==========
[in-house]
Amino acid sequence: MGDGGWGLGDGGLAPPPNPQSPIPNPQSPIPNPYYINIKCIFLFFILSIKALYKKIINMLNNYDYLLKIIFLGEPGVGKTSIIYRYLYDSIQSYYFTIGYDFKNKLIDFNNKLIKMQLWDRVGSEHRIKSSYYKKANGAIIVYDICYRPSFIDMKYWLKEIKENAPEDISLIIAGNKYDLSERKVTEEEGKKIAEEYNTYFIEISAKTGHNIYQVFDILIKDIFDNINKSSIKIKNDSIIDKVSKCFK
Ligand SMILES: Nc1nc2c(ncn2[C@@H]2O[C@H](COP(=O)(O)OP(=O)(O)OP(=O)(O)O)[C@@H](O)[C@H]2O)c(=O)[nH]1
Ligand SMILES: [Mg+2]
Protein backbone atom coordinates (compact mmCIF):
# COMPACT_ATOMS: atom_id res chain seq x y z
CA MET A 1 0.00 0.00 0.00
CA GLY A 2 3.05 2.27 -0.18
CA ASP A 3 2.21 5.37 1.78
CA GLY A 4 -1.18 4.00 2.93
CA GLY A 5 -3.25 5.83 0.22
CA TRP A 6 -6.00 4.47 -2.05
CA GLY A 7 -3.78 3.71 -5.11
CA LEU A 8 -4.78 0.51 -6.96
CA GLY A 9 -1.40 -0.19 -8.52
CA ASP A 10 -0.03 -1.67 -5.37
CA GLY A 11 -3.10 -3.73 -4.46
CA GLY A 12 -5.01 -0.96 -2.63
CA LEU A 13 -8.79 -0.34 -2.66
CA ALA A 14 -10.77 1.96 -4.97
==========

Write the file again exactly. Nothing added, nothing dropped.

[in-house]
Amino acid sequence: MGDGGWGLGDGGLAPPPNPQSPIPNPQSPIPNPYYINIKCIFLFFILSIKALYKKIINMLNNYDYLLKIIFLGEPGVGKTSIIYRYLYDSIQSYYFTIGYDFKNKLIDFNNKLIKMQLWDRVGSEHRIKSSYYKKANGAIIVYDICYRPSFIDMKYWLKEIKENAPEDISLIIAGNKYDLSERKVTEEEGKKIAEEYNTYFIEISAKTGHNIYQVFDILIKDIFDNINKSSIKIKNDSIIDKVSKCFK
Ligand SMILES: Nc1nc2c(ncn2[C@@H]2O[C@H](COP(=O)(O)OP(=O)(O)OP(=O)(O)O)[C@@H](O)[C@H]2O)c(=O)[nH]1
Ligand SMILES: [Mg+2]
Protein backbone atom coordinates (compact mmCIF):
# COMPACT_ATOMS: atom_id res chain seq x y z
CA MET A 1 0.00 0.00 0.00
CA GLY A 2 3.05 2.27 -0.18
CA ASP A 3 2.21 5.37 1.78
CA GLY A 4 -1.18 4.00 2.93
CA GLY A 5 -3.25 5.83 0.22
CA TRP A 6 -6.00 4.47 -2.05
CA GLY A 7 -3.78 3.71 -5.11
CA LEU A 8 -4.78 0.51 -6.96
CA GLY A 9 -1.40 -0.19 -8.52
CA ASP A 10 -0.03 -1.67 -5.37
CA GLY A 11 -3.10 -3.73 -4.46
CA GLY A 12 -5.01 -0.96 -2.63
CA LEU A 13 -8.79 -0.34 -2.66
CA ALA A 14 -10.77 1.96 -4.97